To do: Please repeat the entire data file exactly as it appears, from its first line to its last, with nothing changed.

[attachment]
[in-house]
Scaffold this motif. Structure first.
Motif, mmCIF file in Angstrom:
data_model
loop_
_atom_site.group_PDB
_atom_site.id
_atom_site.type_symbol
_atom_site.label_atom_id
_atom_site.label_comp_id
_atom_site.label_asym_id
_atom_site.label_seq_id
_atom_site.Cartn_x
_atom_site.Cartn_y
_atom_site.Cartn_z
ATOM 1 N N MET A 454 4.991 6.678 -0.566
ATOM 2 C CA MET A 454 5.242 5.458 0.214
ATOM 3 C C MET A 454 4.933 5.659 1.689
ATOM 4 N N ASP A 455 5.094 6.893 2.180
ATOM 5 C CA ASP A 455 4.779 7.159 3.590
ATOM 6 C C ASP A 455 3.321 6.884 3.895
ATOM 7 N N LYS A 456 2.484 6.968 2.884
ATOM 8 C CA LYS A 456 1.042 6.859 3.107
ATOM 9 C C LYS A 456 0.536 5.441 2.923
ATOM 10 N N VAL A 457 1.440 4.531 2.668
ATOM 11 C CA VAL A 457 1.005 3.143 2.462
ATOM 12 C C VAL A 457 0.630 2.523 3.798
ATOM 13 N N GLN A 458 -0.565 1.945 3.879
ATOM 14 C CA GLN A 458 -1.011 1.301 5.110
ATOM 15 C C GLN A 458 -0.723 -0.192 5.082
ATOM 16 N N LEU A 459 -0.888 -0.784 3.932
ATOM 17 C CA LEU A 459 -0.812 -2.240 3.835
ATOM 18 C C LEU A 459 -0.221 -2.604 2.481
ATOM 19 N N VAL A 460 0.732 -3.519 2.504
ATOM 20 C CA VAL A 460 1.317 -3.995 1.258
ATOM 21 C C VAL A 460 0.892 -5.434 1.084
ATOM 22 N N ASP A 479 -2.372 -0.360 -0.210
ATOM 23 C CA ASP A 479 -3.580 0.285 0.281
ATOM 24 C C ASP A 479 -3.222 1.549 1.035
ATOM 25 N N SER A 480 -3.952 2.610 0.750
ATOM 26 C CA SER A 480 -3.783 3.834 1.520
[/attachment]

[in-house]
Scaffold this motif. Structure first.
Motif, mmCIF file in Angstrom:
data_model
loop_
_atom_site.group_PDB
_atom_site.id
_atom_site.type_symbol
_atom_site.label_atom_id
_atom_site.label_comp_id
_atom_site.label_asym_id
_atom_site.label_seq_id
_atom_site.Cartn_x
_atom_site.Cartn_y
_atom_site.Cartn_z
ATOM 1 N N MET A 454 4.991 6.678 -0.566
ATOM 2 C CA MET A 454 5.242 5.458 0.214
ATOM 3 C C MET A 454 4.933 5.659 1.689
ATOM 4 N N ASP A 455 5.094 6.893 2.180
ATOM 5 C CA ASP A 455 4.779 7.159 3.590
ATOM 6 C C ASP A 455 3.321 6.884 3.895
ATOM 7 N N LYS A 456 2.484 6.968 2.884
ATOM 8 C CA LYS A 456 1.042 6.859 3.107
ATOM 9 C C LYS A 456 0.536 5.441 2.923
ATOM 10 N N VAL A 457 1.440 4.531 2.668
ATOM 11 C CA VAL A 457 1.005 3.143 2.462
ATOM 12 C C VAL A 457 0.630 2.523 3.798
ATOM 13 N N GLN A 458 -0.565 1.945 3.879
ATOM 14 C CA GLN A 458 -1.011 1.301 5.110
ATOM 15 C C GLN A 458 -0.723 -0.192 5.082
ATOM 16 N N LEU A 459 -0.888 -0.784 3.932
ATOM 17 C CA LEU A 459 -0.812 -2.240 3.835
ATOM 18 C C LEU A 459 -0.221 -2.604 2.481
ATOM 19 N N VAL A 460 0.732 -3.519 2.504
ATOM 20 C CA VAL A 460 1.317 -3.995 1.258
ATOM 21 C C VAL A 460 0.892 -5.434 1.084
ATOM 22 N N ASP A 479 -2.372 -0.360 -0.210
ATOM 23 C CA ASP A 479 -3.580 0.285 0.281
ATOM 24 C C ASP A 479 -3.222 1.549 1.035
ATOM 25 N N SER A 480 -3.952 2.610 0.750
ATOM 26 C CA SER A 480 -3.783 3.834 1.520